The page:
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Well-Known Member
HBA Supporter
Feb 21, 2020
Born In Alabama, reside: Louisiana (unfortunately)
OK, that first post was a LONG time ago, and I had to look to see which 'low wing' you were referring to.
I'll have to admit (again) that I have a bad habit of not getting projects finished, and unfortunately this is one of them.😟
I will however try to get around to documenting the build up to it's current status.
I called it, the LR-2.
View attachment 108642
Don't ask me how I get that far in a project and have it grind to a halt, it's too long and frustrating.😒

Thanks for sharing that information. I think the LR 1 is a super clean and sexy looking plane. I love the lines and entire concept. It has the look of "I dare you to come pull some G with me"!

I would very much like to see some build pictures and hear more about the design process and any other details you might want to share.

I too am guilty of unfinished projects but those are all non aviation related. LOL

You are obviously very talented and gifted. Your craftsmanship is superior in every way. Your creativeness is second to none.

Thanks for taking the time to share with the rest of us.

Sincerely and Respectfully,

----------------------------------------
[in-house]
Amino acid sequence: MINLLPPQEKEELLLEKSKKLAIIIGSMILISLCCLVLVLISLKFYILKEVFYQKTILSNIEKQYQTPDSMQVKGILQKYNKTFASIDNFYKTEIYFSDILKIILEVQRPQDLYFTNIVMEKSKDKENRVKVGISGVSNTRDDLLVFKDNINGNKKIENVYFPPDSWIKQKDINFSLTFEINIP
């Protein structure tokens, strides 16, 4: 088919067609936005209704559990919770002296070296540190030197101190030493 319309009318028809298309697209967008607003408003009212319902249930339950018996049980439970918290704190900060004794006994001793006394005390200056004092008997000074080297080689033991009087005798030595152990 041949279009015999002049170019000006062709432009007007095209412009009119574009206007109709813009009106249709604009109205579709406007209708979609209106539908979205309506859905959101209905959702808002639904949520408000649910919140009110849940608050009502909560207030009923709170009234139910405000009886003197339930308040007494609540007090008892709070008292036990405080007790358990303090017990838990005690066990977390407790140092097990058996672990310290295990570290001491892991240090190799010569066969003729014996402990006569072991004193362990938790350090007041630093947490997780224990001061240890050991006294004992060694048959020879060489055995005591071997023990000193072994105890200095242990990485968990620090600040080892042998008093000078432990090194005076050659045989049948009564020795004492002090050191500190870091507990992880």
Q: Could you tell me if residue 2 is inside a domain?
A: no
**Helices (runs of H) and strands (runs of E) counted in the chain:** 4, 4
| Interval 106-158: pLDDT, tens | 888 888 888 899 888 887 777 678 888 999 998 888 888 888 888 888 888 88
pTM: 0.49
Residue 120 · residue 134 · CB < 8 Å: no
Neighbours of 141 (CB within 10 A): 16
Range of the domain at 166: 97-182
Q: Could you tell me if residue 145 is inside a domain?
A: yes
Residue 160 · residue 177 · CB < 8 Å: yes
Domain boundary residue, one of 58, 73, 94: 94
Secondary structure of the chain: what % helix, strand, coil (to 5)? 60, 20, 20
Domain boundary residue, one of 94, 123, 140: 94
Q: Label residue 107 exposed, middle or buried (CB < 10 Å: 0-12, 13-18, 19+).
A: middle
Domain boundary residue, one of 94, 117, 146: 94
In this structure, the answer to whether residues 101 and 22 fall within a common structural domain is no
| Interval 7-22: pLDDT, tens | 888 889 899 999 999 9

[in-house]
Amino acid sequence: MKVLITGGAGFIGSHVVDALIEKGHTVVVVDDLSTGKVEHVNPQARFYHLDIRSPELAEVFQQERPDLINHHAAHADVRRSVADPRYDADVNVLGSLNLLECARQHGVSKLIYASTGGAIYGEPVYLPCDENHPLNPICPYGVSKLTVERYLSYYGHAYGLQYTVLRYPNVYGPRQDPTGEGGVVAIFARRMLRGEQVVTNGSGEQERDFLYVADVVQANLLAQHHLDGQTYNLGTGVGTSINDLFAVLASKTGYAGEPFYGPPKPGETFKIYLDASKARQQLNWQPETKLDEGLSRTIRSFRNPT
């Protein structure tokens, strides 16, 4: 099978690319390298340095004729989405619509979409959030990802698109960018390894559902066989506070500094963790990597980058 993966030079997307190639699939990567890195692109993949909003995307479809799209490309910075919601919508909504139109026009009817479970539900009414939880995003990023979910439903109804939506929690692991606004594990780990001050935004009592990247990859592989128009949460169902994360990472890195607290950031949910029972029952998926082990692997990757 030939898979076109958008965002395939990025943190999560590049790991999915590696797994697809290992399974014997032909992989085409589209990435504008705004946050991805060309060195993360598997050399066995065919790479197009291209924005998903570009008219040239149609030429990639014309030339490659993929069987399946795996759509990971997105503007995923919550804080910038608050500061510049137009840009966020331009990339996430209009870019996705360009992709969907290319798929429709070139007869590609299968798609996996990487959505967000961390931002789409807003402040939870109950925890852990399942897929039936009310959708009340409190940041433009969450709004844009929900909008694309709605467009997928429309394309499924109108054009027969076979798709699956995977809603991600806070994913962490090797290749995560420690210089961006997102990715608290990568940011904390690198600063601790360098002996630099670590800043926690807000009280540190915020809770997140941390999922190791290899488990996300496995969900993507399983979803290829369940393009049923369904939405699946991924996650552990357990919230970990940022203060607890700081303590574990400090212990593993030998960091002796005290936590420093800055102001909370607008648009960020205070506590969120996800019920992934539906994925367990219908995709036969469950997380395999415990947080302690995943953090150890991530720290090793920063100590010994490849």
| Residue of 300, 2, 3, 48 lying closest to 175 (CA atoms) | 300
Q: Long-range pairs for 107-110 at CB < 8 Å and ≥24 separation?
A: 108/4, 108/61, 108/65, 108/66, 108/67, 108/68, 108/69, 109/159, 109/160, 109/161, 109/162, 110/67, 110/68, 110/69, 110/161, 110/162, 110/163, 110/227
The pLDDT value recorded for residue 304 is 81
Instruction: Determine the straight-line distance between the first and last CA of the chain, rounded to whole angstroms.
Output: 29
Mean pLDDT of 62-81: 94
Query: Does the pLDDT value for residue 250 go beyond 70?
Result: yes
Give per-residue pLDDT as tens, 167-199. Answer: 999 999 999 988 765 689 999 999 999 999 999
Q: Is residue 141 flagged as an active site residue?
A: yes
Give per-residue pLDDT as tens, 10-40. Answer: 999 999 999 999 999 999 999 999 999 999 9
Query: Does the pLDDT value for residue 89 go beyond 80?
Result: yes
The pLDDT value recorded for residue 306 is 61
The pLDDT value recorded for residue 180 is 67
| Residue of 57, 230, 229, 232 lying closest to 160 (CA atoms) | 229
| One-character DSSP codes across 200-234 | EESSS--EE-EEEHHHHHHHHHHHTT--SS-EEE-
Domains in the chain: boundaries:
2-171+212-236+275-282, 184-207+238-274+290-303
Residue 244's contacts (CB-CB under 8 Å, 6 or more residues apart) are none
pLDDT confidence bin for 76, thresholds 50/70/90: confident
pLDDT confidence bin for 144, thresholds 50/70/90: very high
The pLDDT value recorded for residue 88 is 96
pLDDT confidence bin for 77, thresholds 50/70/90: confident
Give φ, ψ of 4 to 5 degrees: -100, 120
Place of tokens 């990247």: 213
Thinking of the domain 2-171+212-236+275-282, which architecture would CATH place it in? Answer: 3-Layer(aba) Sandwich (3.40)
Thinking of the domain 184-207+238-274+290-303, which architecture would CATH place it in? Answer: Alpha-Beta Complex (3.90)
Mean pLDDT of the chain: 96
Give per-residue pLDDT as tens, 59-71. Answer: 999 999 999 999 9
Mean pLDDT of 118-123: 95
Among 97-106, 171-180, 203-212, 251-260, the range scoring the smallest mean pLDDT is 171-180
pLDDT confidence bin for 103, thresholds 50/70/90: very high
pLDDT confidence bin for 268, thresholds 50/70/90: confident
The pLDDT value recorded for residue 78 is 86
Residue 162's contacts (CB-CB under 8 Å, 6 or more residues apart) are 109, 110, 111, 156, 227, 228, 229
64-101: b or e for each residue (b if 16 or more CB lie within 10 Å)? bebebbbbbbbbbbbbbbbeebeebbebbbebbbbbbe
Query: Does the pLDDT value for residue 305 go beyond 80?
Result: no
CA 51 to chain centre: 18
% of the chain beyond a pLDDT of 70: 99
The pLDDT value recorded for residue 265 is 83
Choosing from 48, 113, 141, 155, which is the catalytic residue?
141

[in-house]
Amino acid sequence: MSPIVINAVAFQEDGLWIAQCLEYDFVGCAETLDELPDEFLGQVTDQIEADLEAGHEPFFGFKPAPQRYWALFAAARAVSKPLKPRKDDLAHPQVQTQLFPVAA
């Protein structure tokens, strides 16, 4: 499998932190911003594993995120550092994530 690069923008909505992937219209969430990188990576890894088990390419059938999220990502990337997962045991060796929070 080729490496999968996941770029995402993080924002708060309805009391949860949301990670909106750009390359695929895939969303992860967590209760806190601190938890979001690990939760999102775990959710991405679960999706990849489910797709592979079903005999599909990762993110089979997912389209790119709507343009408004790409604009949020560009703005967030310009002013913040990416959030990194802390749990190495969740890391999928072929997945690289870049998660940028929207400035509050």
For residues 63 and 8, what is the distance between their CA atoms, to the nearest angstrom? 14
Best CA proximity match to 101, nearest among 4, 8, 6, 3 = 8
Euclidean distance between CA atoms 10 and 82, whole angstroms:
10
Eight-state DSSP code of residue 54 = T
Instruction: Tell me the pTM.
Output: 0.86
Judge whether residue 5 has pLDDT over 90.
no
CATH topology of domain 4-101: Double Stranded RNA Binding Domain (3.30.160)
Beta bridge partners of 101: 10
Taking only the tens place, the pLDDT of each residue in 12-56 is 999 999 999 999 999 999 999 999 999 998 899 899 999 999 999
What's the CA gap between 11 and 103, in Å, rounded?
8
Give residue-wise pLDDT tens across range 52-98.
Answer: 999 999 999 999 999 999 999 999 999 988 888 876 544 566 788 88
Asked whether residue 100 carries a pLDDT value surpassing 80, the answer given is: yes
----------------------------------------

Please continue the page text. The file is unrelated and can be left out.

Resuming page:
Well-Known Member
Dec 26, 2003
Taree Airport Australia
My initial ideas for the undercarriage was for a single leg per side, but once assembled, and looking at the undercarriage on the DH Beavers I regularly worked on, I realised that braking loads would probably bend the legs backwards, so a compressive drag link was needed. While I could have set a jig to align the rear pivot with the front pivot and just weld in a bush tube, it was quicker to weld a nut near where the pivot would be, and screw in a rod end.
Two pieces of T section were then riveted to the skin across an internal bulkhead, and bolt in the rod end.
The wheels and brakes used were Azusa 8" complete kits from Spruce;

(they were cheaper when I bought them, and they are actually more expensive than shown now!)

I never took any photos of the lower axle setup, but a unit was made that fit into the end of the leg and had the axle slide into it. A tang was welded at the bottom of the unit to attach the brakes.
One bolt held the unit in place on the leg, and another bolt held the axle in place. A machined aluminium block was held by both of these bolts, that formed the adjustable end for the brake cable.

Looking back on this project now, I see that of all the 'progress' photos I took, many don't really explain very well of how I got to where I was, or detail many of the important little details that people tend to look for...
'Sorry about that Chief!'
No details of the control stick, no details of the rudder system, no detail of the trim system, no much on the tailwheel... 🤷‍♂️
Only detail I have of the tailwheel is this;
Which I shall describe as, 'a modified tailwheel from the earlier mentioned LightWing, fitted with a remote unlocking cable, the unit pivoting on a fixed vertical bolt and bush.'